7. Galinski et al. Management of severe acute pain in emergency settings: ketamine reduces morphine consumption. AJEM. 2007; 25: 385-390
8. Beaudoin et al. Low-dose ketamine improves pain relief in patients receiving intravenous opioids for acute pain in the emergency department: results of a randomized, double-blind, clinical trial. Acad Emerg Med 2014; 21: 1194-1202
9. Ahern et al. The first 500: initial experience with widespread use of low-dose ketamine for acute pain management in the ED. AJEM. 2015; 33: 197-201
10. Soleimanpour et al. Effectiveness of intravenous lidocaine versus intravenous morphine for patients with renal colic in the emergency department. BMC Urology. 2012; 12:13
11. Krusz et al. Intravenous propofol: unique effectiveness in treating intractable migraine. Headache. 2000; 40: 224-230
12. Moshtaghion et al. The efficacy of propofol vs. subcutaneous sumatriptan for treatment of acute migraine headaches in the emergency department: a double-blinded clinical trial. Pain Practice. 2014 Jul 12. doi: 10.1111/papr.12230. [Epub ahead of print]

13. Orr et al. Canadian Headache Society systematic review and recommendations on the treatment of migraine pain in emergency settings. Cephalalgia. 2015; 35(3): 271-284







Comments

Popular posts from this blog

Tips for Success in your Emergency Medicine Rotation

Our wonderful medical students are preparing to start their first clinical rotations. With this in mind here are some of the top tips for success in your EM rotation
1)Be On Time – show up to your shifts on time, better yet 5 minutes early.That first impression is immensely important.
2)Introduce yourself to the team - “Hi my name is John Doe, I am the medical student on shift today” introduce yourself to the attending, residents, nurses, etc.You will be called on a lot more to help when there is something interesting going on if they know your name.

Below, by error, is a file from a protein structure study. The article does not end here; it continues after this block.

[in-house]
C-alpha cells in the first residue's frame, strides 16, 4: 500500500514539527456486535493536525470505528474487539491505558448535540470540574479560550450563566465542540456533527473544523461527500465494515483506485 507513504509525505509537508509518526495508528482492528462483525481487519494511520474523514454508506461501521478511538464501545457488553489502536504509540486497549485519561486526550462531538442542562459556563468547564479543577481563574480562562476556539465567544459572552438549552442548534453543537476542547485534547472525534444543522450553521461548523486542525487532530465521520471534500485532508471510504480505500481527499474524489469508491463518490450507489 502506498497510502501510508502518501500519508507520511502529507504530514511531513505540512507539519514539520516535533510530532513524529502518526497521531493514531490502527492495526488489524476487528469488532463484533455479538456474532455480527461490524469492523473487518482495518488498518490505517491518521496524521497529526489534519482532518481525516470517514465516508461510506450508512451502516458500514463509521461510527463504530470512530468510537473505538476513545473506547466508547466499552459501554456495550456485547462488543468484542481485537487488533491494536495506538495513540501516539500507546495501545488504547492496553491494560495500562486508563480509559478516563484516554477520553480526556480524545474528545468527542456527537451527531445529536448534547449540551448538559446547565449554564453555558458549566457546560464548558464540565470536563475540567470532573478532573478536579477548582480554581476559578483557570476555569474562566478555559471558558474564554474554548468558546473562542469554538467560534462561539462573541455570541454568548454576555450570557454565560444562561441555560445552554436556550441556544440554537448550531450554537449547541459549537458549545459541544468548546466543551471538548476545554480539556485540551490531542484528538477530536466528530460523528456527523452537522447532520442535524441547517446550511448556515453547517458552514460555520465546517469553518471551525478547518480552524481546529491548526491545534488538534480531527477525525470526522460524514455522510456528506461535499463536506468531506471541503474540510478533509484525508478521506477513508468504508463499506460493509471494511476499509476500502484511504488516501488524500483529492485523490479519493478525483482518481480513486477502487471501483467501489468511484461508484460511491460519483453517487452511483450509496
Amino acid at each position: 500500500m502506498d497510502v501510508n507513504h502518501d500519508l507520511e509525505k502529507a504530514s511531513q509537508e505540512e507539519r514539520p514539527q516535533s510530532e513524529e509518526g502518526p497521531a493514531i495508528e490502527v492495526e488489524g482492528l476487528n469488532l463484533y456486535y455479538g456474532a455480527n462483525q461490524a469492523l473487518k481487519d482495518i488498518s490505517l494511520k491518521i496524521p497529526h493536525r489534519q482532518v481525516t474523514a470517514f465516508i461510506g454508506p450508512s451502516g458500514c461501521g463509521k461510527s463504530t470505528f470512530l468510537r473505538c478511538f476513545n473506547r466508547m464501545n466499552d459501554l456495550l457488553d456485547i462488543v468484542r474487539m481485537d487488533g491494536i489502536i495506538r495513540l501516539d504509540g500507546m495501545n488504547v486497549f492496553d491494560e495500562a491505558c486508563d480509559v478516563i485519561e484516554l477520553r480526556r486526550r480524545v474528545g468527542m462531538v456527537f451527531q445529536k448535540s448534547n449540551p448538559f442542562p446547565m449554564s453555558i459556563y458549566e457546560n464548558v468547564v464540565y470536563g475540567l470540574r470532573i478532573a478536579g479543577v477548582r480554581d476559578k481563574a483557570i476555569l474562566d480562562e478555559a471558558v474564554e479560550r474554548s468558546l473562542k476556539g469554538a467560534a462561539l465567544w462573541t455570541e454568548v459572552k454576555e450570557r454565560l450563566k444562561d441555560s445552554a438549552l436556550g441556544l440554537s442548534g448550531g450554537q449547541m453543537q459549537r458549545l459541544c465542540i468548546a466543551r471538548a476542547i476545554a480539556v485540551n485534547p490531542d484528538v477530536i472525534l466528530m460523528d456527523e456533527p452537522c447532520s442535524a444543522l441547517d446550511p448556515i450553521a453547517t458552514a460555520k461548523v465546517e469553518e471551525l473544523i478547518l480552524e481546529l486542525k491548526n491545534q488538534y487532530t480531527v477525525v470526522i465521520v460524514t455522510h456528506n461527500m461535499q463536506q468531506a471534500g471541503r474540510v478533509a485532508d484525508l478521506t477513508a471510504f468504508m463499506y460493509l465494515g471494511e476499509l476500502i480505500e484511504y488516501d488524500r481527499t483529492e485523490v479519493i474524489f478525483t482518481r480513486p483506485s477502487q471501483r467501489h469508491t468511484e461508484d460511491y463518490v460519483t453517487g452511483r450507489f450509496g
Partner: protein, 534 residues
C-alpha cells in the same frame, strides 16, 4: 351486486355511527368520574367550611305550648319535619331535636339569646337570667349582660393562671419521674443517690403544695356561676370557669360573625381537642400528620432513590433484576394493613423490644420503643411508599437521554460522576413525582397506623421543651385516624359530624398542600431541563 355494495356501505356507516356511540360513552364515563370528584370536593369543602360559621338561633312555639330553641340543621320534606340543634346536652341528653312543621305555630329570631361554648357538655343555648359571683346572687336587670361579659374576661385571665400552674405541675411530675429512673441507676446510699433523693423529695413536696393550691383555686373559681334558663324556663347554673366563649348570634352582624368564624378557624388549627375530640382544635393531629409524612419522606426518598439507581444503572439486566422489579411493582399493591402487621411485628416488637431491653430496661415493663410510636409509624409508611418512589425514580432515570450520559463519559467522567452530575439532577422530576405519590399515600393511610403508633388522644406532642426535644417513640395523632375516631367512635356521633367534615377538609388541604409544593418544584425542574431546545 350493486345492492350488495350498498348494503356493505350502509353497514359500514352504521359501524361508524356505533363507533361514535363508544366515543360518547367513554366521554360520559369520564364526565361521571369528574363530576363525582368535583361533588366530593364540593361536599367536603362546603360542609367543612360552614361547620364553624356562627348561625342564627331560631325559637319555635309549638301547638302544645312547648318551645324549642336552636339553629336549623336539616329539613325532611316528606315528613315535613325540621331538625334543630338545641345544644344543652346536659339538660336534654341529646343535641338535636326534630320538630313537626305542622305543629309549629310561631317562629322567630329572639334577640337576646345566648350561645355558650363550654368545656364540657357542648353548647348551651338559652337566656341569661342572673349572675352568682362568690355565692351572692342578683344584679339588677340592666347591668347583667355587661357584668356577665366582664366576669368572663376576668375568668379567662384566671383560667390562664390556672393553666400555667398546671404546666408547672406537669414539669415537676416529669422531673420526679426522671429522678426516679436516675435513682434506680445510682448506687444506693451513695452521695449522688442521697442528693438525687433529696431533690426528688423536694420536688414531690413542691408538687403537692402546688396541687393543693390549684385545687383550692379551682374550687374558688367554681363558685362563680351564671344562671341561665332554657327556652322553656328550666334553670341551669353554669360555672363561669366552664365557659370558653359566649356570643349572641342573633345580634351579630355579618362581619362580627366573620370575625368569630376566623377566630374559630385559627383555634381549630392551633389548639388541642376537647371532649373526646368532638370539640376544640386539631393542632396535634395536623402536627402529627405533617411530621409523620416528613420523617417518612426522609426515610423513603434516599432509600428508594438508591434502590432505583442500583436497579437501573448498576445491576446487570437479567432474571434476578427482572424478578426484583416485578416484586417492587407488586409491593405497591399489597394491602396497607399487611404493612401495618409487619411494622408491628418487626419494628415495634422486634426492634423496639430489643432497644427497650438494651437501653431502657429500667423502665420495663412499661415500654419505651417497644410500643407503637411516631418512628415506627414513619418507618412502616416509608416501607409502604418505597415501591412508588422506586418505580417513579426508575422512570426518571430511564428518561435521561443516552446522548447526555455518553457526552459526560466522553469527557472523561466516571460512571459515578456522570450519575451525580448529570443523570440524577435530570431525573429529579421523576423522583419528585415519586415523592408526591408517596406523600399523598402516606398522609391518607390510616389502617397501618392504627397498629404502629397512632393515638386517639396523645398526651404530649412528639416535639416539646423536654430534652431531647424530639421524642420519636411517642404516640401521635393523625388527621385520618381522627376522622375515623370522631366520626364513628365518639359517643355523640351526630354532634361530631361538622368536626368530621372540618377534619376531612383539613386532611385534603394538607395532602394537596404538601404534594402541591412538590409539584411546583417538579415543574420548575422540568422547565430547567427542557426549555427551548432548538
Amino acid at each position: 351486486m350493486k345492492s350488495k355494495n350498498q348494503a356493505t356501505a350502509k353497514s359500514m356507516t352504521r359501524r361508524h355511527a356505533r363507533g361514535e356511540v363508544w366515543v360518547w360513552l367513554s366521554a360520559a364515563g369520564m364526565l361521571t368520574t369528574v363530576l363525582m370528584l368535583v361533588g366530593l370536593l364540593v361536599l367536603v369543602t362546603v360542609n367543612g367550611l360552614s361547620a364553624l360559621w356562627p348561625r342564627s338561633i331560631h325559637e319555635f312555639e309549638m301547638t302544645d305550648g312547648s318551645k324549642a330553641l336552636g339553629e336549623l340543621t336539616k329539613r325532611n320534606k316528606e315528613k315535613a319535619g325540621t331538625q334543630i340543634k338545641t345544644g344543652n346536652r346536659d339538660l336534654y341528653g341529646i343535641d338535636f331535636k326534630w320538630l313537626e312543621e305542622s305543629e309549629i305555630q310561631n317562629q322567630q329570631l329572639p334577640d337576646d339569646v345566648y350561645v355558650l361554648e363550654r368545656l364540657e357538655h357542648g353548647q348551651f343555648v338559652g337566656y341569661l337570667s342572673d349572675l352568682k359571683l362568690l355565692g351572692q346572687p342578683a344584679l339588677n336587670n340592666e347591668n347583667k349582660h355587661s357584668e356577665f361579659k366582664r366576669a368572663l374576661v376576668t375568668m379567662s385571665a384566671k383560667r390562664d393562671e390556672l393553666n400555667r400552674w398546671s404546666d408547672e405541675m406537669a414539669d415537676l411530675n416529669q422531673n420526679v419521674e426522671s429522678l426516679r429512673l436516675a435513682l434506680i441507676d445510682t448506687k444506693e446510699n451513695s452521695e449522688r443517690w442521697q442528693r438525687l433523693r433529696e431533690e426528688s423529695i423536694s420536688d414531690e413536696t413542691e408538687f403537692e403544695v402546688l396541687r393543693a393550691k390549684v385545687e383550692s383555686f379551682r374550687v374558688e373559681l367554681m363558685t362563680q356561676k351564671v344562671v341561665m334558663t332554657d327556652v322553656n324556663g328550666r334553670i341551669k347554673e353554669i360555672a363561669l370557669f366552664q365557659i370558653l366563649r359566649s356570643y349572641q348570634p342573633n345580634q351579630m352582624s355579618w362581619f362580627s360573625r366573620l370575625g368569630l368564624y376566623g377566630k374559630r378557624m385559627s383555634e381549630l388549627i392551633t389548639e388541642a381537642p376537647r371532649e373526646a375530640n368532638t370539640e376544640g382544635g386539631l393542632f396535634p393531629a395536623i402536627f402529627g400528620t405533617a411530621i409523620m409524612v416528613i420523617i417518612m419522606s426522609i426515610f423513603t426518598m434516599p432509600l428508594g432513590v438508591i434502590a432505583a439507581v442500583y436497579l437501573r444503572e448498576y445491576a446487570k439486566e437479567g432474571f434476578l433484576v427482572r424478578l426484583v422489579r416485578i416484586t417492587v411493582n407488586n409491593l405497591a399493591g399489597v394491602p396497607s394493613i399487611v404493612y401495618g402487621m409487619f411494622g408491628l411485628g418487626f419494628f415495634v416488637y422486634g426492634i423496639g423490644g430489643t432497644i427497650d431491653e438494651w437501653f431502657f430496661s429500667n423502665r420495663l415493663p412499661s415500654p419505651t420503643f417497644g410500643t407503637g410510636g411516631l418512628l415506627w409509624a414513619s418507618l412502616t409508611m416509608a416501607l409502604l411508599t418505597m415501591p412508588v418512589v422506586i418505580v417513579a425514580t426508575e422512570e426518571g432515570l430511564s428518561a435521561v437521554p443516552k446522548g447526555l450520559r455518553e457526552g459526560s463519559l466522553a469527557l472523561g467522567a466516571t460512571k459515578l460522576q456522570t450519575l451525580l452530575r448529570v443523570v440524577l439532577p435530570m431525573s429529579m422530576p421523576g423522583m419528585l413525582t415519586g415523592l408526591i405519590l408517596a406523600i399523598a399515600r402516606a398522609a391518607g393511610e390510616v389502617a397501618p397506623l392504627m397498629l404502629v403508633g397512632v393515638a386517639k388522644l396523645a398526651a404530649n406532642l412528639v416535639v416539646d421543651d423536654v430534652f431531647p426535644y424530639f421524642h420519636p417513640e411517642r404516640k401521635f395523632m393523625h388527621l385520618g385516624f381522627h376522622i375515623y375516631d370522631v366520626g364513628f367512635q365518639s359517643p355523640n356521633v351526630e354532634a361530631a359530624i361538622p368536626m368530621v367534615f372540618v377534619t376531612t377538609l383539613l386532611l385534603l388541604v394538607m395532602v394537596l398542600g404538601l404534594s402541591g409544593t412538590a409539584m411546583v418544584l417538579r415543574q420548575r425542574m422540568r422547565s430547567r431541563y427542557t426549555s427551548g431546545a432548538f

3)Be goal-oriented – have a goal for each shift, whether it’s a procedure or a type of presentation to see.
4)Don’t just stand there, do something – whenever there is a trauma or code, come to the bedside.Get gowned up for traumas and pay attention.Help with things that are within your scope of practice: chest compressions, moving patient, cardioversion
5)Don’t just stand there, do nothing – there are times in medicine when the best thing to d…

The Canadian Syncope Risk Score

Guest post by Dr. Venkatesh Thiruganasambandamoorthy.
Syncope is an commonly encountered problem in Emergency Medicine, with the potential for significant morbidity and mortality to patients. Unfortunately, to date, there have not been any reliable decision tools or instruments to help us in our assessment of the syncope patient.  This week, Venkatesh Thiruganasambandamoorthy and colleagues at the Ottawa Hospital have published an new Canadian Syncope Risk Score to identify patients at risk of serious adverse events, published in CMAJ.1 Here, Dr. Venk helps provides some further insight and potential utilization of the risk score, he may also be heard discussing this rule on the March edition of Canadian EMRAP.


BackgroundSyncope constitutes 1% of Emergency Department (ED) visits, and approximately 10% of these patients will have serious underlying conditions causing syncope (arrhythmia, MI, serious structural heart disease, pulmonary embolism, subarachnoid or severe hemorrhage). Alarmin…

2014 Canadian Guidelines for AF Management: Part 1: Introduction and CCS “CHADS-65” Algorithm

by Ian Stiell MD @EMO_Daddy














In this and subsequent postings we will discuss the latest recommendations for ED management of atrial fibrillation (AF) as presented in the newly published 2014 Focused Update of the Canadian Cardiovascular Society Guidelines for the Management of Atrial Fibrillation. The Guidelines PDF can be downloaded from the CCS website at 2014 Canadian Cardiovascular Society Guidelines for the Management of Atrial Fibrillation
The 2014 Focused Update uses the GRADE system of evidence evaluation as was the case in the comprehensive 2010 AF Guidelines and the 2012 Update. The CCS AF Guidelines Panel is comprised of Canadian cardiologists plus physicians from internal medicine, family medicine, neurology, and emergency medicine. This 2014 Update provides evidence review and recommendations for 8 aspects of AF care, including ED Management (written by myself and Dr. Laurent Macle of the Montreal Heart Institute). The 2014 Update focuses on advances in oral anticoagulant (O…